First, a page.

In case you haven't noticed - understandable if for some reason this is your only lifeline to UVA sports - there's once again a pretty good baseball team playing at Davenport Field this year. Pitching is by far its strong suit, which will take you a long way, for sure. The team is 12-1 with the lone loss coming in a 2-1 series win against East Carolina. They're ranked as high as 6th and as low as 11th (college baseball has tons of polls) by virtue of three weeks' worth of strong showings, including a total dismantling of SEC semi-power Auburn.
All this without hitting a single home run.
It's a slightly new era in college baseball; metal bats continue to be used, but they're deader than they used to be. This probably bodes well for UVA, at least this year; Brian O'Connor has eschewed power hitting in his recruiting in favor of pitching pitching pitching and guys who can hit for really high averages. Making it harder to hit home runs gives UVA a little bit of an edge since that's not what the offense depends on.
Today we'll have a look at the pitching, and later this week, the position players.
Unlike last year when the Sunday starter was up for grabs a little bit at the beginning of the year, this year the weekend starters are engraved in marble. They are:
- Friday - Danny Hultzen. Hultzen is the guy Charlie Sheen wishes he was. Sheen was misquoted in his rantings; what he meant to say was, he has tiger blood and Hultzen DNA. Hultzen has a real chance to win every variation of national player of the year award there is, and will certainly be drafted with one of the top ten - maybe top five - picks in the MLB draft ths June. Even though he's leading the team in OPS and batting average and is second in RBI, his hitting duties will probably lighten up a little as the stretch run gets hot. Hultzen's pitching is what makes him valuable - he carries an 0.87 ERA so far and has struck out 36 in just over 20 innings. Yes. Almost two strikeouts per inning.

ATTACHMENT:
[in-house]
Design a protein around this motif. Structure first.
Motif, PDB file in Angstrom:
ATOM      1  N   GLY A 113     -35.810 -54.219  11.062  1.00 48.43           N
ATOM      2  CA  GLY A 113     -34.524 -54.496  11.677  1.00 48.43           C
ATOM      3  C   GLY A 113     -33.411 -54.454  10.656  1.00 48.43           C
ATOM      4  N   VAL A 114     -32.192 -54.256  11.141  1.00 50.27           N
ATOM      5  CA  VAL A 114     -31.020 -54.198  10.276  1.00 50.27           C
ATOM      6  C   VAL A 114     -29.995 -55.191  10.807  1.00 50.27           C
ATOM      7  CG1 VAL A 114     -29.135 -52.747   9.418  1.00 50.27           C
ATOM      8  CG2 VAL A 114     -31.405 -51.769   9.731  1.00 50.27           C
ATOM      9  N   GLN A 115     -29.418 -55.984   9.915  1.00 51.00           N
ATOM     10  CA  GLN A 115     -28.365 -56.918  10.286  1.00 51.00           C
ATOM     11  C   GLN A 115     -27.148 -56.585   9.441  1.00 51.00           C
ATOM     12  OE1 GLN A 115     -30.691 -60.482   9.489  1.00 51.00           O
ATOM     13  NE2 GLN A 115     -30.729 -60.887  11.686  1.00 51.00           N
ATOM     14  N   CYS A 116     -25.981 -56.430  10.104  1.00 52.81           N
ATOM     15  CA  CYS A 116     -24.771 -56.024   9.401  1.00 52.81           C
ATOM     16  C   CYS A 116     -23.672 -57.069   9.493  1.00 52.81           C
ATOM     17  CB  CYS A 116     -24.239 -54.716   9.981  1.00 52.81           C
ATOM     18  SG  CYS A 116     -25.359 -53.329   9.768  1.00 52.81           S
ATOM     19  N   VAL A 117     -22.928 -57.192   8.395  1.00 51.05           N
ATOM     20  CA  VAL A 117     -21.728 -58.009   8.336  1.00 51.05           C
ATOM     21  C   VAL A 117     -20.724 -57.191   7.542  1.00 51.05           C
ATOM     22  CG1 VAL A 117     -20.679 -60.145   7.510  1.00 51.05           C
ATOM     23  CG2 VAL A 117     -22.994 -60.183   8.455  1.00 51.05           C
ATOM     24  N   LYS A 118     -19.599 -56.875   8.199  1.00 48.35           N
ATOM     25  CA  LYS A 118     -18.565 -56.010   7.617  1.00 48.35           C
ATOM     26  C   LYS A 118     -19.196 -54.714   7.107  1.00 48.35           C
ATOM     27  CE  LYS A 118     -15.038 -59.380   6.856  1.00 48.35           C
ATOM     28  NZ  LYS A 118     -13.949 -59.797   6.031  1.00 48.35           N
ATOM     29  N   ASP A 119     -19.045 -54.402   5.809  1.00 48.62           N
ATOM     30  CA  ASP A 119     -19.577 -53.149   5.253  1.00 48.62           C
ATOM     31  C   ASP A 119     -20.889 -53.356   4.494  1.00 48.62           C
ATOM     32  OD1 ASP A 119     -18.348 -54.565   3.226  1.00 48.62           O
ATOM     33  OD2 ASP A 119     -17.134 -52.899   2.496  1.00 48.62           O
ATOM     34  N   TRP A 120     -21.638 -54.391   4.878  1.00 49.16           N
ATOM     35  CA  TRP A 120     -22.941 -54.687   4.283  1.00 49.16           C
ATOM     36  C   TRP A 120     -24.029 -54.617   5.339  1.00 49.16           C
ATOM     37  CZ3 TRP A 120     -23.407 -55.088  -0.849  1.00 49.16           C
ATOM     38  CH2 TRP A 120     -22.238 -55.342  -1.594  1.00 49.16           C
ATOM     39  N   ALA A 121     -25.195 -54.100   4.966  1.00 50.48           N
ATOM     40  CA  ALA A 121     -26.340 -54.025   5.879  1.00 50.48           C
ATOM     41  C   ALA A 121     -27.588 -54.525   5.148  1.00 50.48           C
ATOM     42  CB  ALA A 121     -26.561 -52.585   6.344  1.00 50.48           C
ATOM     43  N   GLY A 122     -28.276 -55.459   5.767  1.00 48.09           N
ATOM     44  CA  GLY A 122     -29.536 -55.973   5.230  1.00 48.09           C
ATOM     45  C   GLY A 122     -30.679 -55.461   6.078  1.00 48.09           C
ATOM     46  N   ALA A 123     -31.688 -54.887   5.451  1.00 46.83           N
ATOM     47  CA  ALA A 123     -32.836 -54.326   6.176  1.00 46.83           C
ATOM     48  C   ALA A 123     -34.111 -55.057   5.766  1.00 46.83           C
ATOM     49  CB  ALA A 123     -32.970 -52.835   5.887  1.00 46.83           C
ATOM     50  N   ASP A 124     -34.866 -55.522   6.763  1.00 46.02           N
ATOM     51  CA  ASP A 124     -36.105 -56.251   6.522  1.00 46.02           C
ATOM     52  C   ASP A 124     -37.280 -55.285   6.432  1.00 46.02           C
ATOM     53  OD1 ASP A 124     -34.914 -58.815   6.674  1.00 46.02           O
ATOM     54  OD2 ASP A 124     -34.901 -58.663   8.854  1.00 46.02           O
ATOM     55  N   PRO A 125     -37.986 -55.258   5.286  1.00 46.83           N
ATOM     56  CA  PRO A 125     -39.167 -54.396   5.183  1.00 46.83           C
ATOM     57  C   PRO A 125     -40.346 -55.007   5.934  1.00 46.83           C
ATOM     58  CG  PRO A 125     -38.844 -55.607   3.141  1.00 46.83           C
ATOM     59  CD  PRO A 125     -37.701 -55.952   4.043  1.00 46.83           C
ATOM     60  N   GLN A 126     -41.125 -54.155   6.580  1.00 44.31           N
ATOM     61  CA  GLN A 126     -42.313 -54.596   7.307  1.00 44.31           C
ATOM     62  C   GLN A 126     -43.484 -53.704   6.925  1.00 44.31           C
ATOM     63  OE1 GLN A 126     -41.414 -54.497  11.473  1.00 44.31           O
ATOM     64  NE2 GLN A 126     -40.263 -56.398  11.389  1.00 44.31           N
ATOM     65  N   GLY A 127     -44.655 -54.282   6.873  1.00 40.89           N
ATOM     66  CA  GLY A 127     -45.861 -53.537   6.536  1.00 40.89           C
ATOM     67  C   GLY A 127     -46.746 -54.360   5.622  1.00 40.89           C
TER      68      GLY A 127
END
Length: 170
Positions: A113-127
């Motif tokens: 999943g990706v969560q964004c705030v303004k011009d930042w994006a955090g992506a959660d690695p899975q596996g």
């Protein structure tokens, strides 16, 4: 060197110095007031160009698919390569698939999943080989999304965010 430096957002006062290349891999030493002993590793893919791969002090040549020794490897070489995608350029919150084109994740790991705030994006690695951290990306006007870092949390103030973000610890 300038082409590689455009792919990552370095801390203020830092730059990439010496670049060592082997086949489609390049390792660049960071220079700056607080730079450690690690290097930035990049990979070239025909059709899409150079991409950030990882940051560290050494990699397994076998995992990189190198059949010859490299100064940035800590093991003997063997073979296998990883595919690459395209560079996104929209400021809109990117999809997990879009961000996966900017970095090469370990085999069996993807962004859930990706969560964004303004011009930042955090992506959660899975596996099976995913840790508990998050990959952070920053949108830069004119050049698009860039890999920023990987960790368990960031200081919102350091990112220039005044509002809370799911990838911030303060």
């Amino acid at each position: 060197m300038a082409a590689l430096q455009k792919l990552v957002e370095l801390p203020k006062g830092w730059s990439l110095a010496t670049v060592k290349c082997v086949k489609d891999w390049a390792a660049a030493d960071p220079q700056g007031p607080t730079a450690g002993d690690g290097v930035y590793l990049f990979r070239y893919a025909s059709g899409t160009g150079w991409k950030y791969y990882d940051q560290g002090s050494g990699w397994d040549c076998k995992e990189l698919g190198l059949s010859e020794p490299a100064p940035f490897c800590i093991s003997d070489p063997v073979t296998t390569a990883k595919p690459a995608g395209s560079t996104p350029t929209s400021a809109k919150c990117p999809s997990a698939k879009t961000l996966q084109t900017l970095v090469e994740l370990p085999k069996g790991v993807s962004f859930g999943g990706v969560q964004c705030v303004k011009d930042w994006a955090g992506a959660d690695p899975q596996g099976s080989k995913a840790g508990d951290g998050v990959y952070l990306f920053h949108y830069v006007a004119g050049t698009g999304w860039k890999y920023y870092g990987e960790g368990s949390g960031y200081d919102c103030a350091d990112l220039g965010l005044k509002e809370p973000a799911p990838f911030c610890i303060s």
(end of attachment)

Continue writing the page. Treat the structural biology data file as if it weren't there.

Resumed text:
He did walk a batter once this season, though. So he has been known to throw the occasional pitch out of the strike zone. Still - it's not likely UVA will lose any of his starts this year, until maybe the postseason. To make matters worse for opposing lineups, Hultzen is a southpaw.
- Saturday - Tyler Wilson. Wilson has made a smooth transition from long relief. His 23-to-5 K/BB ratio would look pretty awesome if not for Hultzen's 36-to-1. Aw hell....it's still pretty awesome. Wilson's move out of the pen has created a few question marks in long relief, but so far the team has been able to handle it.
- Sunday - Cody Winiarski. A little bit of a soft-tosser, the start to this season has been tremendously encouraging as Winiarski has been striking out more hitters than last year. He and Wilson have started the year with ERAs under 2, and they share a .206 opponents' BA. A tough, four-run first inning against ECU was enough to tag Cody with the only loss of the season, but outside of that one inning he hasn't allowed a single run, and he's averaged 6+ innings in his three starts. Winiarski's hot start is the most encouraging sign of the whole season; if this kind of pitching holds up, UVA will have easily the best weekend rotation in the ACC.